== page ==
While it’s possible that each of them could live off of their own incomes (if something were to happen to the other), reality is that they’ll get used to living off both incomes and they’ll be taking on debt in a few years in the form of a mortgage.

Buying life insurance now to cover for a hypothetical mortgage they might get in a few years is a terrific idea. Do you know why? Because flushing money down the toilet would take too long, and this way they can waste money more efficiently. It’s genius, really.

Why do people insist on buying life insurance when they have no dependents? Sure, there’s a tiny risk that you’ll be uninsurable in the future, but I’d worry about things more likely to happen. Like being the starting center fielder for the Chicago Cubs. Or me actually getting a girlfriend.

Term life is exceptionally cheap and I believe $75/month (total) is about right. I imagine they could do better assuming they’re healthy and neither of them smoke.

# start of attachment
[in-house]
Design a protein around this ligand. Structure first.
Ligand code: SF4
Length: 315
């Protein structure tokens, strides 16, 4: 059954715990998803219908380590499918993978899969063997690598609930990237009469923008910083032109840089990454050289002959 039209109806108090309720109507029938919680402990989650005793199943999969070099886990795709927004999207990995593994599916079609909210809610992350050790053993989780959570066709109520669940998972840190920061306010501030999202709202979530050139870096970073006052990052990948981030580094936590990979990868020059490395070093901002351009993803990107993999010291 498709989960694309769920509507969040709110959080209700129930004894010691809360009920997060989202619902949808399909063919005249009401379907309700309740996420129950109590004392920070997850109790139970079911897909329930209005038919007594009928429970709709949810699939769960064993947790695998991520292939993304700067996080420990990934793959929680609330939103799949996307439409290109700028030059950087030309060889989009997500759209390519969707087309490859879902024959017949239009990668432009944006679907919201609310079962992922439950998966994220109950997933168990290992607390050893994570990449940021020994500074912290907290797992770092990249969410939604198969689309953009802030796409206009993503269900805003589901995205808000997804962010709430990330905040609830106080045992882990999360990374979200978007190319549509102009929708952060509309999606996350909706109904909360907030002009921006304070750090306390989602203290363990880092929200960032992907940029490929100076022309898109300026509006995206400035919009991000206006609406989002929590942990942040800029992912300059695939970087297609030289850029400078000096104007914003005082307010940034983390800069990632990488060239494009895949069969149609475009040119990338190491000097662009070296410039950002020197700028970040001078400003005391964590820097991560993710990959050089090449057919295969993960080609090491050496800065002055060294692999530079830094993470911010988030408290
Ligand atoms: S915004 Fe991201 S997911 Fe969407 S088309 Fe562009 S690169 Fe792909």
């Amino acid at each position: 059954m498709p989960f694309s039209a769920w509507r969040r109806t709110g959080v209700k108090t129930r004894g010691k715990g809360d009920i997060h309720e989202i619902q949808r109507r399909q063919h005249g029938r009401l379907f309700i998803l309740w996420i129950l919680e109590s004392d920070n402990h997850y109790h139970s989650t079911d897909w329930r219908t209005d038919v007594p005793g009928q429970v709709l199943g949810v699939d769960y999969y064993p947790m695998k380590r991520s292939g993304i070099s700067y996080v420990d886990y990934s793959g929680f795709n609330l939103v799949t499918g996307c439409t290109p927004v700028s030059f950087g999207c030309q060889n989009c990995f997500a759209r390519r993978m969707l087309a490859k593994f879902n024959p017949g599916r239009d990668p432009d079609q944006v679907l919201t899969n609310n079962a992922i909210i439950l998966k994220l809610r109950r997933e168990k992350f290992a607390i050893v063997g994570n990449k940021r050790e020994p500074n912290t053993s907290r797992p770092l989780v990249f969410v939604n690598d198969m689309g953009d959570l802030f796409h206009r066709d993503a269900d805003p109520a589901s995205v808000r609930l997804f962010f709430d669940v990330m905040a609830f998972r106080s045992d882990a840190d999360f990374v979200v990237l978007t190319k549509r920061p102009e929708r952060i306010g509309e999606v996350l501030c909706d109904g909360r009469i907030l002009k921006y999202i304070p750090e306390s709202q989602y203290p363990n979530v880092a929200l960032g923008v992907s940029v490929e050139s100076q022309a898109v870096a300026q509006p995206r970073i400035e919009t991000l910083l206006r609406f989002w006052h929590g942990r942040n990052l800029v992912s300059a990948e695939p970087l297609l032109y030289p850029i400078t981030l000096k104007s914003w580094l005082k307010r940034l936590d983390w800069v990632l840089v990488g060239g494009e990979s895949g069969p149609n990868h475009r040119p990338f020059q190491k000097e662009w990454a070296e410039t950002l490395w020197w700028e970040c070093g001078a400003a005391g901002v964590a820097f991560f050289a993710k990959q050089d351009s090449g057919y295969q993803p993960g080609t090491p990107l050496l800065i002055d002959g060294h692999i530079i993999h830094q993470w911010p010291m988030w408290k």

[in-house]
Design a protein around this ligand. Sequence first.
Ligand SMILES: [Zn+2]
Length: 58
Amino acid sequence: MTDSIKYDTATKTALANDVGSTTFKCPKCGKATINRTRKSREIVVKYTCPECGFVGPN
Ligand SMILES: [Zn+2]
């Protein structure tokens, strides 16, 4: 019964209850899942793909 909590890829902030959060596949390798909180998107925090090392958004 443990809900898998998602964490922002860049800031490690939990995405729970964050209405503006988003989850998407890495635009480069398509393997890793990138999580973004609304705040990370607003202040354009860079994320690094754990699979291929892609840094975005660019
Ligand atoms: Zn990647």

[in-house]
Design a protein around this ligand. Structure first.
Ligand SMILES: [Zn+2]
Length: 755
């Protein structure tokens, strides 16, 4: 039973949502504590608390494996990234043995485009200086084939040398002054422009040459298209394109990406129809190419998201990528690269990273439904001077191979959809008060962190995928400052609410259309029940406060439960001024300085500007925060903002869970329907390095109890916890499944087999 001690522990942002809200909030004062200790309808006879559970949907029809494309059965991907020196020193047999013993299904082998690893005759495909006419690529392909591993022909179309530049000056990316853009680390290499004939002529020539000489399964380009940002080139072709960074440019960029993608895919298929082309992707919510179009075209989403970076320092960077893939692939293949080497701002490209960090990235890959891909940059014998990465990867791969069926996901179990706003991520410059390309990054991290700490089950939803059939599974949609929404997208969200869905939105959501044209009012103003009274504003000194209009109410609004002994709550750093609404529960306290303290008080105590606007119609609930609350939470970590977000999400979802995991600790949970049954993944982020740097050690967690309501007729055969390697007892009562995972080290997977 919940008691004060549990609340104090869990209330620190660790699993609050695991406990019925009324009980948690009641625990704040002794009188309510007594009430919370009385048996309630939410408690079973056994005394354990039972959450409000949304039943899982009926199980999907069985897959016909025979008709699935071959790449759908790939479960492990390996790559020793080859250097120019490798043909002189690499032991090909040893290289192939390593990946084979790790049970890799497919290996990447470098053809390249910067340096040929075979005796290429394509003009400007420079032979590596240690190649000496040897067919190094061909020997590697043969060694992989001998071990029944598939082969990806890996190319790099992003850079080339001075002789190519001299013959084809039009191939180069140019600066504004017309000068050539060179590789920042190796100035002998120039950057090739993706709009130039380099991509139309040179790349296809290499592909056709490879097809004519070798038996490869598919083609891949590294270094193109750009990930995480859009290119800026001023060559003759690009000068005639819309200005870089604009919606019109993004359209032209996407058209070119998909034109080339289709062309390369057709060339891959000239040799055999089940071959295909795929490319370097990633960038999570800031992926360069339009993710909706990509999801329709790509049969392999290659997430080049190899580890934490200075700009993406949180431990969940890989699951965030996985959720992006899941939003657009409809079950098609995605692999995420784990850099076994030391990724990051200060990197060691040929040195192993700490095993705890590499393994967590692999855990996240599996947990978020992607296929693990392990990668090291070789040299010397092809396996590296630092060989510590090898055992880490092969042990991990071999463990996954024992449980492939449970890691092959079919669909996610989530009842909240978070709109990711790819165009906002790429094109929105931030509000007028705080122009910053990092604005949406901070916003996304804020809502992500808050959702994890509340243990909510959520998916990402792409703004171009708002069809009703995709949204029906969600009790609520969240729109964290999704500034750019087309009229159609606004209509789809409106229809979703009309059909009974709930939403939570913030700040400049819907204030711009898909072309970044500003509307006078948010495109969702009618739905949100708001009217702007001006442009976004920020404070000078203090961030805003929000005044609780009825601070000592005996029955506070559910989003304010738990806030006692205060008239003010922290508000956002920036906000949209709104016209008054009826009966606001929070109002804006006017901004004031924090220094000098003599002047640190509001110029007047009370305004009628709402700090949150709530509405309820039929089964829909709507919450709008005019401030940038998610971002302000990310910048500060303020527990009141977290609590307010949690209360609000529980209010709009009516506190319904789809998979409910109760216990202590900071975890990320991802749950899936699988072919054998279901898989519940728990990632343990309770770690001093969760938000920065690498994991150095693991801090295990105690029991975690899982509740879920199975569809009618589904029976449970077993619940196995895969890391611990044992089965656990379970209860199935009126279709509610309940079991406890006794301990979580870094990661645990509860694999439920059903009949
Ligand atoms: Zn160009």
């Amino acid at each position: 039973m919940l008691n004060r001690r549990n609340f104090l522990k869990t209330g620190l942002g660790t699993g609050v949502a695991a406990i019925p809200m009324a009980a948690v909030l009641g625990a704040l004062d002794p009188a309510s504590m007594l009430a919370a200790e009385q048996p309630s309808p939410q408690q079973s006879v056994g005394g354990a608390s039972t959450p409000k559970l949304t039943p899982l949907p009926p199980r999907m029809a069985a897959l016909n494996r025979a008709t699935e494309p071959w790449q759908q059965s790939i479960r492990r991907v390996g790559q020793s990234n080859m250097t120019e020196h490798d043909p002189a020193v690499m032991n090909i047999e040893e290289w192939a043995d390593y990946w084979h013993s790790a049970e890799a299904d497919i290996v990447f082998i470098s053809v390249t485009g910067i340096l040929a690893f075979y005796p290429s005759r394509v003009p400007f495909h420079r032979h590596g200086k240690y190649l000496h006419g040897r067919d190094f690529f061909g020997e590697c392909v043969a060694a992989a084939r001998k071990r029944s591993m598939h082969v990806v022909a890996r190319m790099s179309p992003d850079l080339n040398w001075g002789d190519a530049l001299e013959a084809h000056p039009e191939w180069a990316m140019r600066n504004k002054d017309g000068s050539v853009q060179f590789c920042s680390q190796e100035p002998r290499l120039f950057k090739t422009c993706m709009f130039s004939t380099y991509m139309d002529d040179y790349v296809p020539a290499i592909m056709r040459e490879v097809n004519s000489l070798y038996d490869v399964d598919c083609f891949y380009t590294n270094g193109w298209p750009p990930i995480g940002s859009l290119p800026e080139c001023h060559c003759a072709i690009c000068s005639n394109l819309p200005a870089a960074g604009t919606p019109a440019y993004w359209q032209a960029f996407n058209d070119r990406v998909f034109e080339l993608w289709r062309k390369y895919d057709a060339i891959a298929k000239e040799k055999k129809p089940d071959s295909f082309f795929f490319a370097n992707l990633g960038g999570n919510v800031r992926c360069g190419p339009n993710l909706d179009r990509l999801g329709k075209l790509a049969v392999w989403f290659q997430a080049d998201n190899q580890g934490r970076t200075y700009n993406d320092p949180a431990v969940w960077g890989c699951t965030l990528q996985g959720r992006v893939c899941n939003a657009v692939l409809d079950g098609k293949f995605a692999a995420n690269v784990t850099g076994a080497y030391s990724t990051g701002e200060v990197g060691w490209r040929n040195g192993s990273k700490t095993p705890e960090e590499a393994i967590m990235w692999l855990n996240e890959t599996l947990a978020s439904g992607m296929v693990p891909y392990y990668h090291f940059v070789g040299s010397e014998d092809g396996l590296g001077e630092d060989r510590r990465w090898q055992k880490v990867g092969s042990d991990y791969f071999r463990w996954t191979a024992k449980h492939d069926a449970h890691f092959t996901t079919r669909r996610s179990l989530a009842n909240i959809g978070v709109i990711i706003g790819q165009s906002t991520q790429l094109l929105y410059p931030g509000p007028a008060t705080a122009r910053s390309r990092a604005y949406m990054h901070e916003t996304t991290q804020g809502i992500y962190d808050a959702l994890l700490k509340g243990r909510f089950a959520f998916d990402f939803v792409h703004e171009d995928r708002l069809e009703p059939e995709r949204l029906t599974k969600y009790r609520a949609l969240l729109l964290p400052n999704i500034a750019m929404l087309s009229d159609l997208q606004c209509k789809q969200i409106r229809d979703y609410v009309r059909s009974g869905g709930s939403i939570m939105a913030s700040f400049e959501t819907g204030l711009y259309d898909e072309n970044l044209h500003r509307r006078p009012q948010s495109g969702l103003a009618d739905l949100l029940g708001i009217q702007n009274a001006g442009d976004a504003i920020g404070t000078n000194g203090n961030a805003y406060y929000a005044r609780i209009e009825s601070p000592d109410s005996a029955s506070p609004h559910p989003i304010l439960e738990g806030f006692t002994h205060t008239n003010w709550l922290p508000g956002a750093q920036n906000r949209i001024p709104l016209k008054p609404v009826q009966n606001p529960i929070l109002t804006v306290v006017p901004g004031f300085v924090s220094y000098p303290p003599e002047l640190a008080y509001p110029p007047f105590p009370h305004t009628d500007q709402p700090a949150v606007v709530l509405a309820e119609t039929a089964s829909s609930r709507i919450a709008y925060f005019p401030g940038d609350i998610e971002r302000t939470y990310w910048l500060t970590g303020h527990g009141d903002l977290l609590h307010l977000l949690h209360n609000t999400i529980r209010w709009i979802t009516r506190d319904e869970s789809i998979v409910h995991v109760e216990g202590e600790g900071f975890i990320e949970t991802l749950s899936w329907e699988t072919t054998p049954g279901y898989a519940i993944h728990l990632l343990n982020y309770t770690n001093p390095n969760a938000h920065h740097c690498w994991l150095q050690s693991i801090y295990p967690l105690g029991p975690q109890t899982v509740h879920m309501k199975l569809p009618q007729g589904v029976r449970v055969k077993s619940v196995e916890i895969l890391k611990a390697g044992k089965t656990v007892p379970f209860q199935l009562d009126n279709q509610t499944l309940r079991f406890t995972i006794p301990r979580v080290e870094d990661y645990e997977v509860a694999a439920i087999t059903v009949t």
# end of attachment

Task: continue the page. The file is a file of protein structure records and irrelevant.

Hey, do you know what’s $75/month cheaper? NOT GETTING LIFE INSURANCE UNTIL YOU HAVE DEPENDENTS.

Based on our conversation I believe they’ll find employment, prior to the wife’s company moving, without an issue. However, it’s always nice (and wise) to have the added protection of an emergency fund in case things don’t turn out as planned.

With that in mind, I’d have a goal of saving a total of 6-months worth of living expenses and build up your emergency fund to a total of $22,000.

Hold on a second.

(Finds kitten hobo, strangles it)

22 thousand dollars sitting in an emergency fund when they owe 40 thousand dollars in student loans. Did this guy graduate from the Finance Fox school of personal finance? (Located in Wrong, Ontario) Wait, I forgot. It’s wrong for me to assume PF bloggers should know basic accounting.

The reason I suggest doing this and delaying paying extra on debt is for two reasons: (1) there is a storm brewing…they’re not sure if it will be a hurricane or just a little thunderstorm, and (2) if they secure employment shortly before (or after) the wife leaves her job, then they’ll have a LARGE stash of cash that they can pay down towards debt.

They have a whole year for the wife to find a new job. Plus, assuming she’s the lower income earner (making $2900 per month), they can probably survive on the $3800 a month the husband makes. And, he’s in no danger of losing his job. Plus there’s like a thousand bucks a month for things like tithing and saving for vacations. There’s plenty of fat they can cut if she can’t find a job.